It's not that I don't like V-Day.
I am not opposed to heart-shaped velvet containers filled with dark truffles and caramel goodness. I am not against a beautiful dinner accompanied by a bottle of fine merlot. Heck, sell me a pink shirt at any given retailer, and I'll wear it with pride (hopefully it complements one of my dashing pin-striped blazers).
But just like Christmas forces people to be considerate and giving for a few days out of the year, Valentine's Day forces people to mimic, for one night at least, the rituals of a poorly written romantic comedy or reenact scenarios found in the ruffled pages of a Harlequin novel.
And that is what makes me grimace - the fact that millions of dollars go into creating superromances for one day when every day should be just as special.
I'm no Bitter Barney. Even though Cupid and I have yet to be on the same wavelength, I don't spit on couples who hold hands on the sidewalk or sip soda through straws from the same glass at outdoor cafes...I save that for Wednesdays.
Every year the anti-Valentine sentiment seems to grow stronger in Los Angeles, probably because the number of singletons in this country is bigger than ever. The florists can charge whatever they want for a dozen roses, the candy shops can stack up as many boxes of chocolates as they can, and the restaurants can book all the tables they have - but there will always be those who will opt for night out with their fellow loveless, dressed all in black and ready to give Puppy Love the Evil Eye.
And am I wrong in thinking this anti-Valentine feeling is just as strong in the coupled community? There are those poor schlubs who dread February 14 because it's the day they have to empty their wallets for significant others who think their lives should resemble a decadent episode of Sex and the City.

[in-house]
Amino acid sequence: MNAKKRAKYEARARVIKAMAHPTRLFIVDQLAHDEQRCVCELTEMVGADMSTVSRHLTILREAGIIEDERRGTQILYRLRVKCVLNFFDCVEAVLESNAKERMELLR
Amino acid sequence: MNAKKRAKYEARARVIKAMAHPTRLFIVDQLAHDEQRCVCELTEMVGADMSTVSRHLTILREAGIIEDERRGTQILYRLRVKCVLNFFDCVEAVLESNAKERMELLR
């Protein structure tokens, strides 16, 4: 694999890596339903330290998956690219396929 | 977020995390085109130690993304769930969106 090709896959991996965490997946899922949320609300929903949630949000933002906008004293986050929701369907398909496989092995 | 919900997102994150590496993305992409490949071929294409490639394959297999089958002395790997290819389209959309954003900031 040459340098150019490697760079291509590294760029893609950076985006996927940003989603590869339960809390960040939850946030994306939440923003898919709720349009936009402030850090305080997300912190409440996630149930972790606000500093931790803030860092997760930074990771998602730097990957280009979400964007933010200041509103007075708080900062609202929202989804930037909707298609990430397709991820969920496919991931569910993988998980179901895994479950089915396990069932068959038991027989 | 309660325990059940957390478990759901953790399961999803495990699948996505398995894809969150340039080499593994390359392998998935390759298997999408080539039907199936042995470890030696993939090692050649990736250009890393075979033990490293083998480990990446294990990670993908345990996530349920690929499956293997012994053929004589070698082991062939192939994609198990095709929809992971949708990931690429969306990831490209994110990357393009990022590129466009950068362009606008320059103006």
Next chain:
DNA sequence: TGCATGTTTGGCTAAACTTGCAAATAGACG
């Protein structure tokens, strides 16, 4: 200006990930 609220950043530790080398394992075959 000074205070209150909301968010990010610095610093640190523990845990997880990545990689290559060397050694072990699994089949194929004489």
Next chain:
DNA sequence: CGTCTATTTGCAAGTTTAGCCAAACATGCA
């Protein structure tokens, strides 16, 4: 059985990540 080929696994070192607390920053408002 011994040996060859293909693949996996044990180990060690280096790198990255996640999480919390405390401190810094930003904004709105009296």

It's special when you surprise your bf/gf/lover/partner/mistress/trick with a romantic dinner or gift on any given day. We're conditioned to expect the special stuff only on the special days, and whenever the Special hits us on a Regular day, we become suspicious, cynically looking for ulterior motives.
Why is Johnny giving me a bouquet with a teddy bear? Who did he sleep with?
Why is Jill serving me breakfast in bed? Did she delete the game on TiVo?
Swallow the pill, accept the token, and be thankful that someone cares.
Also, while you're at it, mentally kick yourself for not thinking of it first.
For me, Valentine's Day has been a very small blip on a very small radar for the past two weeks, probably because I have been preoccupied by one birthday party after another. Apparently half the population was born during January and February, forcing me to buy greeting cards in bulk now.
I did receive a surprise Valentine treat on Friday night. It was a heart-shaped box full of pink M&Ms, courtesy of one Miss Rachael Friedman. She had passed them out to our friends during a vegan dinner at Real Food Daily on La Cienega. And to add a campy touch, she taped a Britney Spears Valentine card (circa 2000) on top: "Vintage Britney: B.K. (Before Kevin)" she scribbled.
It now sits on my kitchen counter for all to see. Naturally, I had consumed all the chocolate candies that night. I finished them while driving home from Arena, where I had stood for hours to see BT (that's Brian Transeau for the uninitiated) mix and spin through his Laptop Symphony for hundreds of lonelyhearts hungry for some good, solid electronic beats.
There's nothing like a good, booming remix of "Smells Like Teen Spirit" to get you in the mood for what's arguably the most romantic date on the calendar.
Book those reservations. Inhale those raspberry truffles. Wink at your office crush. V-Day has come.
Breaking out the pink shirt,